Marcella is an orthopaedic and trauma surgery resident in Nairobi, Kenya, previously working as a surgical medical officer in Freetown, Sierra Leone, with humanitarian NGO Emergency. She has an MSc in global health and development from University College London, and the Edinburgh surgical sciences qualification from the University of Edinburgh; and completed a course in global surgery at the University of Oxford. Marcella is the immediate past chair of InciSioN, the International Student Surgical Network (Sierra Leone), and an outgoing member of the Gender Equity Initiative in Global Surgery Research Council. As a Humanitarian Surgery Initiative fellow, Marcella’s research focuses on the cost of surgical training for trainees in sub-Saharan Africa. She contributes to several research projects, including a multinational survey to evaluate the efficacy of video learning in surgical education, defining humanitarian surgery, and creating an online course provider directory for global, humanitarian and trauma surgery.

Ahmed S. Almaqadma


Ahmed graduated in medicine and surgery from Misr University for Science and Technology, Egypt, developing an interest in reconstructive plastic and orthopaedic surgery during his internship at Palestinian Ministry of Health hospitals. He later worked as a surgeon in the Al-Shifa Hospital plastic surgery department and is currently a junior surgeon in the orthoplastics department of the MSF unit at Al-Awda hospital. Ahmed has completed the Medical Aid for Palestinians-Incision Academy general surgery programme, which is accredited by the Royal College of Surgeons of England. His research focuses on patient suffering caused by complex trauma morbidities. As Humanitarian Surgery Innovation fellow, Ahmed contributes to several research projects, including a multinational survey to evaluate the efficacy of video learning in surgical education in low- and middle-income countries, defining humanitarian surgery, and webinars featuring surgical voices from the global South.

Prof. Mohamed Youssef Seleem


Mohamed graduated from the Kasralainy School of Medicine at Cairo University in 1977, achieving a master's degree in general surgery in 1982 and doctorate in 1989. He has been performing laparoscopic and obesity surgeries since 1991. Mohamed was in charge of surgical training in the Egyptian Ministry of Health for five years, and has been head of continuing medical education in the Egyptian Medical Syndicate for 10 years. He has been a consultant for two Egyptian ministers and is a member of the Society of American Gastrointestinal and Endoscopic Surgeons' Global Affairs Committee. In the past 15 years, Mohamed has organised two conferences on medical practice in low-resource settings and ways to cut costs in obesity surgeries. His humanitarian journey started 20 years ago. Mohamed has been a team leader in more than 15 medical convoys in sub-Saharan African countries, and established a digital educational platform for patient education. As a Humanitarian Surgery Initiative fellow, Mohamed contributes to research, including webinars featuring voices from the global South. He also formed a group to study the possibility of remote training for surgical skills.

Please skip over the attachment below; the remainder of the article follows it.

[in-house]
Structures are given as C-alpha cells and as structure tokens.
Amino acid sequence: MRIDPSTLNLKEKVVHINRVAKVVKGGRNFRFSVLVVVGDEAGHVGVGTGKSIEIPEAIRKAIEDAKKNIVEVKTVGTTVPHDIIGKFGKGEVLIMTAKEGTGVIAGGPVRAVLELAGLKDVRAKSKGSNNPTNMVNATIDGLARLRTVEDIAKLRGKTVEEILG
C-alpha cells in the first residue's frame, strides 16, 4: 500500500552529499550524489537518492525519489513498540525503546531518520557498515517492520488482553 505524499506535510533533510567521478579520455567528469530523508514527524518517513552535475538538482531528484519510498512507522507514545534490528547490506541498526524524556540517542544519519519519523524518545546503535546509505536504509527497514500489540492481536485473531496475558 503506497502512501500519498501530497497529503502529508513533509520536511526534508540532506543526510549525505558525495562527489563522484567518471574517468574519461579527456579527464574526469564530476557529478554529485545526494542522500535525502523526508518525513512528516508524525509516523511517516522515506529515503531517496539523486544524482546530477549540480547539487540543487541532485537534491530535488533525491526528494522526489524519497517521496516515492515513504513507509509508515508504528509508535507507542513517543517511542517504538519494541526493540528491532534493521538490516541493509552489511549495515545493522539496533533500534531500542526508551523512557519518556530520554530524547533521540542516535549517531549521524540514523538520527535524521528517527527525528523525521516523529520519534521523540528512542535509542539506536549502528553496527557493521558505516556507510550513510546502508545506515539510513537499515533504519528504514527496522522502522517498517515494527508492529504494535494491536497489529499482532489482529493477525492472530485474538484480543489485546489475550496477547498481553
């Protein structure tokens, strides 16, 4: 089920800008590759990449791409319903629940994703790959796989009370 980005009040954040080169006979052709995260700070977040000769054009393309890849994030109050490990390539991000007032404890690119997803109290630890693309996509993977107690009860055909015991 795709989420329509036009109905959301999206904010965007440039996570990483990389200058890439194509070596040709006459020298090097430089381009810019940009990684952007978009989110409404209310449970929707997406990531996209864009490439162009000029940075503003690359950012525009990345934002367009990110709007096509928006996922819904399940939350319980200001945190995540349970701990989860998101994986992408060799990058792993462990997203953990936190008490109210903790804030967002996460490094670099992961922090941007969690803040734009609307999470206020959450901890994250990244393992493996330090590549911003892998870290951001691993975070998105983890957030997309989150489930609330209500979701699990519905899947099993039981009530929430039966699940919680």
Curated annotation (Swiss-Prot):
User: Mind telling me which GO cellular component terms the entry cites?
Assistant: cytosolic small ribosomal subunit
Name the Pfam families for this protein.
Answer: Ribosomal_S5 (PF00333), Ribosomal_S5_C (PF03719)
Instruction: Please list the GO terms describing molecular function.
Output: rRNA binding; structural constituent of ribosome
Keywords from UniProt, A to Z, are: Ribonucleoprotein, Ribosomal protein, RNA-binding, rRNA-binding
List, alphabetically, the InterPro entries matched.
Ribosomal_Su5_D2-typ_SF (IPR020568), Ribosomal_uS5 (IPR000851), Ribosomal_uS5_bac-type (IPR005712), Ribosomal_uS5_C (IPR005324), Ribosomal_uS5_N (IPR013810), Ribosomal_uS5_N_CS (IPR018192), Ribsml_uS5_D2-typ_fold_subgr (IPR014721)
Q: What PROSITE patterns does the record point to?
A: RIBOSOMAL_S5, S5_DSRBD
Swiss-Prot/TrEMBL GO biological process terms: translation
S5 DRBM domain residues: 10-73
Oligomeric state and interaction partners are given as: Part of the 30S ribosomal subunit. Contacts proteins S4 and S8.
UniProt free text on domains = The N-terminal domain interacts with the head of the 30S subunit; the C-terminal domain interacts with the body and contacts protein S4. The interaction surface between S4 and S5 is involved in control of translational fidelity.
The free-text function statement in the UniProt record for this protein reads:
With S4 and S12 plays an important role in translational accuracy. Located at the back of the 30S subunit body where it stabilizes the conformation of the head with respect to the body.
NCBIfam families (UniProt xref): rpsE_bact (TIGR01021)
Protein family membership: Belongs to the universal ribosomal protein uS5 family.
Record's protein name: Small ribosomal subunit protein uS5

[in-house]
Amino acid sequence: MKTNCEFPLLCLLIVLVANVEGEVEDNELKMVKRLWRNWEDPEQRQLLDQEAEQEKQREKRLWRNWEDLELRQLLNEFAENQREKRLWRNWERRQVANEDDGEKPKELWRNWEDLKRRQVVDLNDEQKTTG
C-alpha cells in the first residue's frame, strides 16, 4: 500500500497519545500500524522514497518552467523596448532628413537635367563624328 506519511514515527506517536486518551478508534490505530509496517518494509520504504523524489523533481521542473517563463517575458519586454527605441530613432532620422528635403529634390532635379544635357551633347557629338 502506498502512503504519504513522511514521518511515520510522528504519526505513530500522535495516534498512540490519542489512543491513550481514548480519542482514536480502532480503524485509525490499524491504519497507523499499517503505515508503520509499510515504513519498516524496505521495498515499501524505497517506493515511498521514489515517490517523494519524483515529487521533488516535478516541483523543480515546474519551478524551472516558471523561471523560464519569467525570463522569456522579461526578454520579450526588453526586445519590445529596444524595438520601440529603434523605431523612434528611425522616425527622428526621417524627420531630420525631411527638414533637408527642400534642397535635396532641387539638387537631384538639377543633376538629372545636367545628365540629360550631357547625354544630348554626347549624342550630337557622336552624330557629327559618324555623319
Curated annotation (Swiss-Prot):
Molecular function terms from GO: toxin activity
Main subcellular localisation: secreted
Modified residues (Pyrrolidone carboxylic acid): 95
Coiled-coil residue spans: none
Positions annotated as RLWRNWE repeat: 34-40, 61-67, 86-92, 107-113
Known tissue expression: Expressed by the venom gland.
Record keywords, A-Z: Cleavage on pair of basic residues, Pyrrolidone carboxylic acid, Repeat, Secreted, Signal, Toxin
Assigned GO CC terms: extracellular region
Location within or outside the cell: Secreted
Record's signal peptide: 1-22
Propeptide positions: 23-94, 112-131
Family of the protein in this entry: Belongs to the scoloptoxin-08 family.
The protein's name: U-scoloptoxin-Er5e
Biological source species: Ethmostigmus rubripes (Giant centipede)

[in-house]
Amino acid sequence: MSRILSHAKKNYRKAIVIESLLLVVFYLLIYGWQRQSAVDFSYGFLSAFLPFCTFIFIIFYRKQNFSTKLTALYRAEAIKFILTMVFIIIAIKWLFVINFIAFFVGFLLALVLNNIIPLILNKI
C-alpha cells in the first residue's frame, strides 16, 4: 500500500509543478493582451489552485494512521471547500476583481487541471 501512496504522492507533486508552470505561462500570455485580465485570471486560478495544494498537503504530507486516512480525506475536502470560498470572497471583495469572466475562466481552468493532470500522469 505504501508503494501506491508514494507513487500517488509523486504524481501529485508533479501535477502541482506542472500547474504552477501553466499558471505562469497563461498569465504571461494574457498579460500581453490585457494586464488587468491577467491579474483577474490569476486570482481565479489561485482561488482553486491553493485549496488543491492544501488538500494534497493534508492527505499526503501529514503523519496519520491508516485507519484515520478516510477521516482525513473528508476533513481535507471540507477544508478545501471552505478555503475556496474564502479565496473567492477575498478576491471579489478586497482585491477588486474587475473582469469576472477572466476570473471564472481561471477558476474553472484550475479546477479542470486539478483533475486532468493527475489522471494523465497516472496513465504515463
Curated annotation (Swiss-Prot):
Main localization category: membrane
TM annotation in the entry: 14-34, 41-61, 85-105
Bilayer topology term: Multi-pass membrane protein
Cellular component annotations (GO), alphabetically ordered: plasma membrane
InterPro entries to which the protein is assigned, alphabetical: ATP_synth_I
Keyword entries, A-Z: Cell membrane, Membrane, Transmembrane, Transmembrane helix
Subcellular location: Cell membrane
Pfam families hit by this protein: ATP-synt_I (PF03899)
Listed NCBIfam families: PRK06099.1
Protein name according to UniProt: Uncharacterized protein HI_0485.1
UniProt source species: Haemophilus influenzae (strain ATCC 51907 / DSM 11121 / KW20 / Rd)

Raoof Ahmed Saleh


Raoof Ahmed is a general surgeon at Kilo hospital in Yemen’s southern Ibb governorate, with certificates in general surgery from the Yemeni Medical Council and Arab Medical Council. He has worked with MSF as a humanitarian surgeon since 2016 and in the past year has supported surgical teams in conflict areas in Yemen, performing trauma, vascular and reconstructive surgeries on the front line. As a Humanitarian Surgery Initiative fellow, Raoof contributes to research projects, including a study on the effect of conflict on pre-existing surgical workforces, a multinational survey to evaluate the efficacy of video learning in surgical education in low- and middle-income countries, defining humanitarian surgery, and webinars featuring surgical voices from the global South.

Tim Fabrice Tientcheu


Tim trained as a general surgeon at the University of Yaoundé I, Cameroon, and holds an MSc in global health and global surgery from King’s College London. He is a consultant general surgeon at the Central Hospital of Yaoundé, lecturing part-time in the Faculty of Health Sciences at the University of Bamenda; and has experience in delivering primary and emergency health care and managing public health projects in low-resource settings in Africa. Tim is global surgery lead with humanitarian NGO ASCOVIME, delivering humanitarian surgical care and coordinating the surgical simulation project. He is passionate about global surgery advocacy, building the National Surgical Obstetric Anesthesia Planning process and humanitarian health care. As a Humanitarian Surgery Initiative fellow, Tim contributes to research on the efficacy of digital innovations in surgical training in low- and middle-income countries.